Conifers are noted for their seed cones (female) and much smaller pollen
cones (male). Most have long narrow leaves called "needles" but in some
the leaves are small triangular scales covering the twigs. The seed cones
often have many scales which may be woody, leathery or paper-like, but in
other genera the scales are fleshy and fused together so the cone resembles
[genus Araucaria of family Araucariaceae]
The photo shows the densely needled habit of these trees which are
now widely planted as ornamentals in the northern hemisphere from which
they have been absent since the demise of the dinosaurs about 65
million years ago.
[genus Juniperus of family Cupressaceae (cypress)]
[genus Pinus of family Pinaceae (pines)]
Pine nuts (officially a seed, not a nut) have been eaten since prehistoric times in Europe, Asia and North America. Today the sweet resinous seeds are somewhat costly and used mostly as a flavoring ingredient but Italian pesto sauce is often based on pine nuts (other nuts are also used).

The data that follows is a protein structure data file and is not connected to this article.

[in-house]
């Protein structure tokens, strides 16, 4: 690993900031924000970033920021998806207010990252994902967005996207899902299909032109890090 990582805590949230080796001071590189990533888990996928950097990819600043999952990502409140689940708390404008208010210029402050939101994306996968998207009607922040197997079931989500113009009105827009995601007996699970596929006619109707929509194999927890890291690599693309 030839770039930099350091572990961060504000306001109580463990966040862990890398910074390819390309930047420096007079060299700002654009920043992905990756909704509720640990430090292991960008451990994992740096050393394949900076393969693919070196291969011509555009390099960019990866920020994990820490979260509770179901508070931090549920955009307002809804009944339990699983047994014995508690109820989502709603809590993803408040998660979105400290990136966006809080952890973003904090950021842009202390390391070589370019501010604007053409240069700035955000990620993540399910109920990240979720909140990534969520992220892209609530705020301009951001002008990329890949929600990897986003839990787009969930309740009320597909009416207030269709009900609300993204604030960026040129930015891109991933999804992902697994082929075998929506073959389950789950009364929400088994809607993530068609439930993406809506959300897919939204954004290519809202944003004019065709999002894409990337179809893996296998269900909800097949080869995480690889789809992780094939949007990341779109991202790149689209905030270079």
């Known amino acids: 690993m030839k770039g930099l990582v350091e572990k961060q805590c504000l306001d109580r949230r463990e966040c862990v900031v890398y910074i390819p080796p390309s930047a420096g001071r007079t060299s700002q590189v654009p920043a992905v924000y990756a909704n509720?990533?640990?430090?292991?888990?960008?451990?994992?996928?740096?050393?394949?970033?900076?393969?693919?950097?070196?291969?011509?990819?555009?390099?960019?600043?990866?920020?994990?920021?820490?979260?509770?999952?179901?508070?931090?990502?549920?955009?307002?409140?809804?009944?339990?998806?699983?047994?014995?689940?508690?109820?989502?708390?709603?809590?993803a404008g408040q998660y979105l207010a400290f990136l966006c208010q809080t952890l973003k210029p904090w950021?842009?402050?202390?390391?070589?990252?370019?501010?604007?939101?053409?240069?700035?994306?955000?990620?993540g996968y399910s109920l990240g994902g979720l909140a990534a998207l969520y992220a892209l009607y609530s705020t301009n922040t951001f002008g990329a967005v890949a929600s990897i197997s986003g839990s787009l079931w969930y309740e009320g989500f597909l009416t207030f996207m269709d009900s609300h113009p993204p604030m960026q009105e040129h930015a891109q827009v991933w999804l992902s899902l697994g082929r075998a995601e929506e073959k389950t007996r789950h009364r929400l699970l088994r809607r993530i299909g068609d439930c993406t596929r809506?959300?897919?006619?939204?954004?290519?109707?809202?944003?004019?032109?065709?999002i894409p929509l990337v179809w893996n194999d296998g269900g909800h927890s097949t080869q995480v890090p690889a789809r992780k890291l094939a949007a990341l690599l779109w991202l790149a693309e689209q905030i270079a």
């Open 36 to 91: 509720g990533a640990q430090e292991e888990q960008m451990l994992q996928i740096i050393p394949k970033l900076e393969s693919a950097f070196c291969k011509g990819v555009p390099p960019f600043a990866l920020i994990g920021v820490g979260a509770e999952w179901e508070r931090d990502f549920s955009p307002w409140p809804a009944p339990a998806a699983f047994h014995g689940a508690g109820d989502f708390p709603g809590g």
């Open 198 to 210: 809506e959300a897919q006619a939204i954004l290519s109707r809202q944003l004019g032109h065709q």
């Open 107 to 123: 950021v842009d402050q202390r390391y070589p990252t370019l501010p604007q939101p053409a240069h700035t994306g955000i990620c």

Pine nuts from a number of species are available. In Europe it's mostly the Stone Pine (Pinus pinea) and in Asia the Korean Pine (Pinus koraiensis) and Chilgoza Pine (Pinus gerardiana). Siberian Pine (Pinus sibirica) and a number of other varieties are also used. In North America seeds of various species of Pinon pines (subgenus Ducampopinus) are harvested.
The most common commercial pine nut is the Korean, a fairly large seed, followed by the Siberian, a fairly small seed. North American Pinon seeds are large but in very short supply, particularly due to forest destruction to make range land after WWII. Most now come from Mexico and the price is much higher than for Korean or Siberian seeds.
Warning: See Details and Cooking for description of problems with Chinese pine nuts (99+% of shelled pine nuts sold in the U.S.).
The soft layer between pine bark and the wood is also edible and has been used as a famine food. Pine needles are sometimes used as a flavoring.
The photo shows the end of a pine branch from a tree in my front yard
with tiny male cones at the center, a pine cone of unknown source and a
few whole seeds in the shell from that cone. The small shelled seeds were
commercially purchased and are from Siberian pines.
[genus Picea of family Pinaceae]